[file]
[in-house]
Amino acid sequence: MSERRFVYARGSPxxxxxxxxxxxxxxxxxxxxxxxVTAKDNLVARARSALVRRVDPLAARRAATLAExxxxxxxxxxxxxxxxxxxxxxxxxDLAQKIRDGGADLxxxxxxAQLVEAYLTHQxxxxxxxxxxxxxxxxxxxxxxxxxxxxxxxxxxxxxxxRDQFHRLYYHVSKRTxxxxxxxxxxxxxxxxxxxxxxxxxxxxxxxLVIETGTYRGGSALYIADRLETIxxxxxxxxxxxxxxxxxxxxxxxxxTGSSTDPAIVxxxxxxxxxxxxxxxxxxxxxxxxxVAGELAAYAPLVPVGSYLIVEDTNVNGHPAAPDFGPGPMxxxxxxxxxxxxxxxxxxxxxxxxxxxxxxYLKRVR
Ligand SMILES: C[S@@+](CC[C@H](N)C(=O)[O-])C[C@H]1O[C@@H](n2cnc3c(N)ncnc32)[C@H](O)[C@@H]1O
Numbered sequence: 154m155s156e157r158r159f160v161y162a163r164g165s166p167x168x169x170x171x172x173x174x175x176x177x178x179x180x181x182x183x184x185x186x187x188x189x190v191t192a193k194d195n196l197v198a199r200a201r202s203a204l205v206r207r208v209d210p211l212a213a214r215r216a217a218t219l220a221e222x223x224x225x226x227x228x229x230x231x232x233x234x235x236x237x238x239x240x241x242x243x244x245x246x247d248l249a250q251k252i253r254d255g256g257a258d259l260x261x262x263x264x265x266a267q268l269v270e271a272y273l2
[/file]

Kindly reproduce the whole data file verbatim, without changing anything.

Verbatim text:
[in-house]
Amino acid sequence: MSERRFVYARGSPxxxxxxxxxxxxxxxxxxxxxxxVTAKDNLVARARSALVRRVDPLAARRAATLAExxxxxxxxxxxxxxxxxxxxxxxxxDLAQKIRDGGADLxxxxxxAQLVEAYLTHQxxxxxxxxxxxxxxxxxxxxxxxxxxxxxxxxxxxxxxxRDQFHRLYYHVSKRTxxxxxxxxxxxxxxxxxxxxxxxxxxxxxxxLVIETGTYRGGSALYIADRLETIxxxxxxxxxxxxxxxxxxxxxxxxxTGSSTDPAIVxxxxxxxxxxxxxxxxxxxxxxxxxVAGELAAYAPLVPVGSYLIVEDTNVNGHPAAPDFGPGPMxxxxxxxxxxxxxxxxxxxxxxxxxxxxxxYLKRVR
Ligand SMILES: C[S@@+](CC[C@H](N)C(=O)[O-])C[C@H]1O[C@@H](n2cnc3c(N)ncnc32)[C@H](O)[C@@H]1O
Numbered sequence: 154m155s156e157r158r159f160v161y162a163r164g165s166p167x168x169x170x171x172x173x174x175x176x177x178x179x180x181x182x183x184x185x186x187x188x189x190v191t192a193k194d195n196l197v198a199r200a201r202s203a204l205v206r207r208v209d210p211l212a213a214r215r216a217a218t219l220a221e222x223x224x225x226x227x228x229x230x231x232x233x234x235x236x237x238x239x240x241x242x243x244x245x246x247d248l249a250q251k252i253r254d255g256g257a258d259l260x261x262x263x264x265x266a267q268l269v270e271a272y273l2